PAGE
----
The 2015-16 season for the UNLV Runnin' Rebels brings all the promise of any recent season in the Dave Rice era of Rebel basketball.
Sound familiar? If you are a fan of the scarlet and gray, this opening statement is one that you have hung onto every season for the past few years. In fact, ever since Lon Kruger left in 2011 to become the head coach for the University of Oklahoma, it seems like Runnin' Rebel success left with him. Since then, many Rebel fans have exited several games at the Thomas and Mack with frowns underneath their trademark Hey Reb' mustaches.
With all this said, this season could transform everything for the UNLV basketball team. The exit of a couple of the 2014-15 key players, a challenging non-conference schedule, combined with the decision making of their current coach, spells out an interesting (if not all together exciting) season ahead. Here's what to look for this year from the Runnin' Rebels:
Players Come and They Go
The Rebels will play the upcoming season with another revamped roster. The losses of Christian Wood and Rashad Vaughn are significant, because the two combined for the majority of UNLV's offensive talent in the 2014-2015 season.
But, UNLV fans are getting used to seeing their favorite players make early exits to the NBA in recent years. In the previous season, big men Khem Birch and Roscoe Smith both tested NBA waters. Before that, Anthony Bennett made waves as the NBA draft's #1 pick in 2013 (and his success in the NBA is yet to be discovered).
However, the Rebel team always seemed to press on without key members. The problem: sub-par seasons. In 2013, a 20-13 record; 2014, a 18-15 record. The last NCAA Tourney showing was in 2012 (where they lost in the first round).
The possibility of the Rebels having a superb season is just as equal as the possibility of total disaster. The most welcome returner will be promising point guard, Patrick McCaw. McCaw averaged 3 assists per game and over 9 points throughout the season. Returner Jordan Cornish provides the defensive grit that the Rebs are in dire need of and Goodluck Okonoboh (still the best name in college basketball) will give an experienced inside blocking presence.
A game changer for UNLV are new additions, Derrick Jones and Stephen Zimmerman. One a high flyer and the other a highly skilled big man, both could provide game time excitement that mimic the Tarkanian days.
The Road is Rugged
What has been surprising about recent seasons at UNLV is the shockingly tough schedules that the Runnin' Rebs have continued to play. A credit to their team, Rebel basketball has never let up, continuing to consider their program as one of the nation's elite. However, does that still apply to the contemporary era of Rebel basketball?
In 2013, the Rebels played teams such as Arizona State (loss), Illinois (loss), and at Arizona (loss). In 2014, some of the highlighted games included Stanford (loss), at Arizona State (loss), Utah (loss), at Kansas (loss), but they did have a win over Arizona at home.
It is commendable to have a competitive non-conference schedule, especially since the Mountain West Conference has become (at least in recent years) no picnic to cruise through. Combined with a more respectable national reputation, a good conference record in the Mountain West now goes a long way. At the same time, a poor non-conference record can have lasting effects on that crucial moment when the NCAA Tournament committee decides each team's fate.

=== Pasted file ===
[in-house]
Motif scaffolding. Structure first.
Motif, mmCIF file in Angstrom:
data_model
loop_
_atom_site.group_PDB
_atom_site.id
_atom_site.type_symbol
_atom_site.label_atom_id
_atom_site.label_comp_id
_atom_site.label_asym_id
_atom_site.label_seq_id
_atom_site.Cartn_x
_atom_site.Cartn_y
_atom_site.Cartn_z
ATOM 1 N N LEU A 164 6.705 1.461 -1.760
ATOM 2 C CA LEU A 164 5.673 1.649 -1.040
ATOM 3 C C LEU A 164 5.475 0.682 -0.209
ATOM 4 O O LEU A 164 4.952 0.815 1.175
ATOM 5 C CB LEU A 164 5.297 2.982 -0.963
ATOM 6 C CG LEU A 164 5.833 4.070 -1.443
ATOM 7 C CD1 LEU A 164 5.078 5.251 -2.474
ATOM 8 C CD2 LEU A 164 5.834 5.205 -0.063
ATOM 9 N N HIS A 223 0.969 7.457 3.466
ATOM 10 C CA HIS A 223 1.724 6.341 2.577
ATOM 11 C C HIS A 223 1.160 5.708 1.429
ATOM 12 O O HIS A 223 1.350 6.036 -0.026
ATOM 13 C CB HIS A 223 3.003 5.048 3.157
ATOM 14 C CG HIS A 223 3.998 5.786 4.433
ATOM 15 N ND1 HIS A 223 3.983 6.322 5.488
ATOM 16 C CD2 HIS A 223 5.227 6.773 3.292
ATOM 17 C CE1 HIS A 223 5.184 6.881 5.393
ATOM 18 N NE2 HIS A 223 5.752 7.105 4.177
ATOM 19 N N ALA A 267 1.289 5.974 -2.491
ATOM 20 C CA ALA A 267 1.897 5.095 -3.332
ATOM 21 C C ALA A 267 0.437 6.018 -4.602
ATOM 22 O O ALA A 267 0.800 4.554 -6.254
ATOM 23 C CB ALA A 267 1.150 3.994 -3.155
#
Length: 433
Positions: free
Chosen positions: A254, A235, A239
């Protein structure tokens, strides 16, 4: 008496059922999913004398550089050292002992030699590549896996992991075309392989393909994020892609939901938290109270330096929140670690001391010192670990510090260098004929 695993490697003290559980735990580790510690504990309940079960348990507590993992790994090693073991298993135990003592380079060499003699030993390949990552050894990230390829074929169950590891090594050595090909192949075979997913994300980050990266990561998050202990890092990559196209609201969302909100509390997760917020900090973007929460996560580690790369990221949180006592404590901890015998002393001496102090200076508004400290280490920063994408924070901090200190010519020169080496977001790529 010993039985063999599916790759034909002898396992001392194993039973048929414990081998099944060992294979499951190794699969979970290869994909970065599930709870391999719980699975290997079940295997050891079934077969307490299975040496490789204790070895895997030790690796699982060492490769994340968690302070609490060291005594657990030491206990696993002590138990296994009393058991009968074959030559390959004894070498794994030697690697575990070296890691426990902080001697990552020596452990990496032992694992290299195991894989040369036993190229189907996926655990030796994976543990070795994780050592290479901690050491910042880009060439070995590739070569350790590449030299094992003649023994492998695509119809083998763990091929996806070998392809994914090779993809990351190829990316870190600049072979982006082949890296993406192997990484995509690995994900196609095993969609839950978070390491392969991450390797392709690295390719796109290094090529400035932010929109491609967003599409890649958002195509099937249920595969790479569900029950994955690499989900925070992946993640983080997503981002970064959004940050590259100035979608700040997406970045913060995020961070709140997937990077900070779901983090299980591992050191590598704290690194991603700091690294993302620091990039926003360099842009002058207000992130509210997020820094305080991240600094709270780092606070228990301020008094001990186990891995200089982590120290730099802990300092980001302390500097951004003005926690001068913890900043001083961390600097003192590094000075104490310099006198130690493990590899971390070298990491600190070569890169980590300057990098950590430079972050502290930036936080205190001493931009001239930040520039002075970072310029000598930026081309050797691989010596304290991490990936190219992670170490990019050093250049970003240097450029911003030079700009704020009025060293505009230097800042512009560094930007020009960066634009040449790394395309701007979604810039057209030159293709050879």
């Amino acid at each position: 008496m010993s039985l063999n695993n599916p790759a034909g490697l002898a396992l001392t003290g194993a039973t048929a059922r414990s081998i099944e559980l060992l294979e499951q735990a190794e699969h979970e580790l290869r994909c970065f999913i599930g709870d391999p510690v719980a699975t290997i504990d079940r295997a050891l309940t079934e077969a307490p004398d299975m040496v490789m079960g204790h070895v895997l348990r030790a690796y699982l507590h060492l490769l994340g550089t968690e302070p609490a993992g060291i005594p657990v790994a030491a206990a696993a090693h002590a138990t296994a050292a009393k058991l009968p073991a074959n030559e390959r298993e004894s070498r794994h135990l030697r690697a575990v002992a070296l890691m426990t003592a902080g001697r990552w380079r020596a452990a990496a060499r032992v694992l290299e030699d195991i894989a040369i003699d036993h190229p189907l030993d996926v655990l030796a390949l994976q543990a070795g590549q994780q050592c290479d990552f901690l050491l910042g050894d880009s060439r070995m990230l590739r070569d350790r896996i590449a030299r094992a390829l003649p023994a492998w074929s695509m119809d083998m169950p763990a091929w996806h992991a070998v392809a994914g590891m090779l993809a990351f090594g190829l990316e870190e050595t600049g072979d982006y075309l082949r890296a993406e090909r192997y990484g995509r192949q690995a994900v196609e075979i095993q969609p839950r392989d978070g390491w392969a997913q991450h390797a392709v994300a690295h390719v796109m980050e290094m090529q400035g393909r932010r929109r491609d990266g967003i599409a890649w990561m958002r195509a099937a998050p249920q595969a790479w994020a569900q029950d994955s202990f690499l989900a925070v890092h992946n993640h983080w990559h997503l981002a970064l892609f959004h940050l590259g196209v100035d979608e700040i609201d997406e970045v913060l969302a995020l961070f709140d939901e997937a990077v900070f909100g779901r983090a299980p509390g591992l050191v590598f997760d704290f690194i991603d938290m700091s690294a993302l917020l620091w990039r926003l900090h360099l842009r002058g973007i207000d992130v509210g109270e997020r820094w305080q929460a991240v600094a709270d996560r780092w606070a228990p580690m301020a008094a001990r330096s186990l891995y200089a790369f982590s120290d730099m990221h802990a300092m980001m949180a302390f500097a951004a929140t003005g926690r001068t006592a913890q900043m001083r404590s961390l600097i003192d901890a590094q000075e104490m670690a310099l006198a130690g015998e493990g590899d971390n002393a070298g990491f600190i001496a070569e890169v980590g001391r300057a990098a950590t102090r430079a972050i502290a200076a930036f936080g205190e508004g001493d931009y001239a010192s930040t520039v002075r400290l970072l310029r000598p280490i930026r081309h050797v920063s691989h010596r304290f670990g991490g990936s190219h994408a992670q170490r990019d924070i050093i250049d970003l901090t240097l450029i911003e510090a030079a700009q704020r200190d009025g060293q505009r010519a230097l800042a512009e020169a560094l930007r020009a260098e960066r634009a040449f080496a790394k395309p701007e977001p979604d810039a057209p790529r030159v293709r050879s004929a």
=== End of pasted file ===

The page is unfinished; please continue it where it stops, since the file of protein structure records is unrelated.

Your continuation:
This year, UNLV starts the season at Wichita State, Oregon on a neutral court, Arizona State, at Arizona, and also plays in the very entertaining Maui Invitational (which includes teams such as UCLA, Kansas, Indiana, St. John's, Vanderbilt, and Wake Forest).
Therefore, at the end of the season, UNLV's non-conference record could be fantastic, and even with a less than tremendous conference record, their RPI and SOS could be high enough to wiggle their way into the Big Dance. Then again, the Rebel players could find themselves on their couches on Selection Sunday if this tough non-conference gamble ends in ruins.
A Coaching Dilemma
Head Coach Dave Rice allows his players to play very freely, sometimes often to the point of a one-on-one mentality displayed on the court. This kind of coaching philosophy - or freedom - was most evident last season when Rice gave big man Christian Wood the green light to shoot 3s, at what seemed to be, his leisure.
This would have been excellent for UNLV if Wood was a lights out shooter from deep. Rebel fans witnessed the same when big man Anthony Bennett was on the squad (and although a much better 3 point shooter), he initially entered the NBA with questions about his physical conditioning as a potential power forward.
A problem that has reared its head during the Rice era of Rebel basketball is that a team of individuals is often on display on the court rather than individuals who play cohesively like a polished team. When UNLV brought back the glory days of the Tarkanian era by bringing in former members of the 1990 championship team (such as Dave Rice and assistant coach Stacey Augmon), many Rebel fans prepared themselves for staunch team defense and fast pace offensive attacks. This has yet to come to fruition, successfully.
So far, Rice's coaching perspective is obtrusively unsuccessful, evident in the overall subpar performances of each season since 2011. For these reasons, Rebel fans' patience with Rice is waning. Even a showing in the NCAA Tourney may not secure their trust (especially if the team goes one-and-done). Although some Rebel fans won't admit their high expectations, a truly successful season would be one that at least leads to a sweet 16 appearance in this year's tournament. But is Dave Rice going to be the one who gets them there?